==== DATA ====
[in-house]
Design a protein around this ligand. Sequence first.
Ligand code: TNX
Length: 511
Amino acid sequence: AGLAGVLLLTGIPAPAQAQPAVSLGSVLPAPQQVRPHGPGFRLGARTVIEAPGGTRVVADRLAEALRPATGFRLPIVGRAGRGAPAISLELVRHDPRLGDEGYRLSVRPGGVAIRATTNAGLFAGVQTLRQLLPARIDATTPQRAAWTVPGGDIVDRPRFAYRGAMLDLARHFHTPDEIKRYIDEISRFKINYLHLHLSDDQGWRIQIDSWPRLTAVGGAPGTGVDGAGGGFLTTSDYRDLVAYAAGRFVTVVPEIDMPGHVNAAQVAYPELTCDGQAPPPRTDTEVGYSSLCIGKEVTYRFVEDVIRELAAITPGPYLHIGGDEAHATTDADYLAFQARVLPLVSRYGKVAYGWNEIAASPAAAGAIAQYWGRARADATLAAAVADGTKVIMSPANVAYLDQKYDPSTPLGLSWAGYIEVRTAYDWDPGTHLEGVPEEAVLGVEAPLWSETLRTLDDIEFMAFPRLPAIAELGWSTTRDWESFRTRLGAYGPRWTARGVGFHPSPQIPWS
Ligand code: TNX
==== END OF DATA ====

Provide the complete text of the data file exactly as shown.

[in-house]
Design a protein around this ligand. Sequence first.
Ligand code: TNX
Length: 511
Amino acid sequence: AGLAGVLLLTGIPAPAQAQPAVSLGSVLPAPQQVRPHGPGFRLGARTVIEAPGGTRVVADRLAEALRPATGFRLPIVGRAGRGAPAISLELVRHDPRLGDEGYRLSVRPGGVAIRATTNAGLFAGVQTLRQLLPARIDATTPQRAAWTVPGGDIVDRPRFAYRGAMLDLARHFHTPDEIKRYIDEISRFKINYLHLHLSDDQGWRIQIDSWPRLTAVGGAPGTGVDGAGGGFLTTSDYRDLVAYAAGRFVTVVPEIDMPGHVNAAQVAYPELTCDGQAPPPRTDTEVGYSSLCIGKEVTYRFVEDVIRELAAITPGPYLHIGGDEAHATTDADYLAFQARVLPLVSRYGKVAYGWNEIAASPAAAGAIAQYWGRARADATLAAAVADGTKVIMSPANVAYLDQKYDPSTPLGLSWAGYIEVRTAYDWDPGTHLEGVPEEAVLGVEAPLWSETLRTLDDIEFMAFPRLPAIAELGWSTTRDWESFRTRLGAYGPRWTARGVGFHPSPQIPWS
Ligand code: TNX